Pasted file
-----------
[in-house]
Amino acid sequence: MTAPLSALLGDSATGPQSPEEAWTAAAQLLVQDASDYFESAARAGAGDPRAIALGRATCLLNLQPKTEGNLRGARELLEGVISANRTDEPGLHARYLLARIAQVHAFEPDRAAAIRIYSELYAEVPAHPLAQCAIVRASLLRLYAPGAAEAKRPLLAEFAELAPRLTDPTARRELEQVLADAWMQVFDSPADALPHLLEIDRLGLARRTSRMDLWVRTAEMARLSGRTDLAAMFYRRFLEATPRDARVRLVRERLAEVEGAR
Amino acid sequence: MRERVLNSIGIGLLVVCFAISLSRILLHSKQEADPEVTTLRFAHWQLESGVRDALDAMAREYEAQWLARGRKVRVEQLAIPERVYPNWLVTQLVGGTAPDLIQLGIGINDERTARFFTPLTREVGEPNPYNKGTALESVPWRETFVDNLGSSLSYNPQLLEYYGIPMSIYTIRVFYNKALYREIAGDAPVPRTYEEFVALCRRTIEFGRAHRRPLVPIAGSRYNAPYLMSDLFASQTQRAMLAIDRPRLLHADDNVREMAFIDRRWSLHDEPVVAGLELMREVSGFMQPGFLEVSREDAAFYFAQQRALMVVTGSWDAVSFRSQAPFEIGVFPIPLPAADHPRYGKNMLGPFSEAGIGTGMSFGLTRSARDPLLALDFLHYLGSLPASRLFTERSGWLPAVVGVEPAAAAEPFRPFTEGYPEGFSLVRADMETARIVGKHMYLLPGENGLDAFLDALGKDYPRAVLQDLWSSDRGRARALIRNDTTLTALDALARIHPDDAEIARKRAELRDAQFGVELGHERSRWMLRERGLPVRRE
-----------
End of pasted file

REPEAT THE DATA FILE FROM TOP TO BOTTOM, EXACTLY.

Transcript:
[in-house]
Amino acid sequence: MTAPLSALLGDSATGPQSPEEAWTAAAQLLVQDASDYFESAARAGAGDPRAIALGRATCLLNLQPKTEGNLRGARELLEGVISANRTDEPGLHARYLLARIAQVHAFEPDRAAAIRIYSELYAEVPAHPLAQCAIVRASLLRLYAPGAAEAKRPLLAEFAELAPRLTDPTARRELEQVLADAWMQVFDSPADALPHLLEIDRLGLARRTSRMDLWVRTAEMARLSGRTDLAAMFYRRFLEATPRDARVRLVRERLAEVEGAR
Amino acid sequence: MRERVLNSIGIGLLVVCFAISLSRILLHSKQEADPEVTTLRFAHWQLESGVRDALDAMAREYEAQWLARGRKVRVEQLAIPERVYPNWLVTQLVGGTAPDLIQLGIGINDERTARFFTPLTREVGEPNPYNKGTALESVPWRETFVDNLGSSLSYNPQLLEYYGIPMSIYTIRVFYNKALYREIAGDAPVPRTYEEFVALCRRTIEFGRAHRRPLVPIAGSRYNAPYLMSDLFASQTQRAMLAIDRPRLLHADDNVREMAFIDRRWSLHDEPVVAGLELMREVSGFMQPGFLEVSREDAAFYFAQQRALMVVTGSWDAVSFRSQAPFEIGVFPIPLPAADHPRYGKNMLGPFSEAGIGTGMSFGLTRSARDPLLALDFLHYLGSLPASRLFTERSGWLPAVVGVEPAAAAEPFRPFTEGYPEGFSLVRADMETARIVGKHMYLLPGENGLDAFLDALGKDYPRAVLQDLWSSDRGRARALIRNDTTLTALDALARIHPDDAEIARKRAELRDAQFGVELGHERSRWMLRERGLPVRRE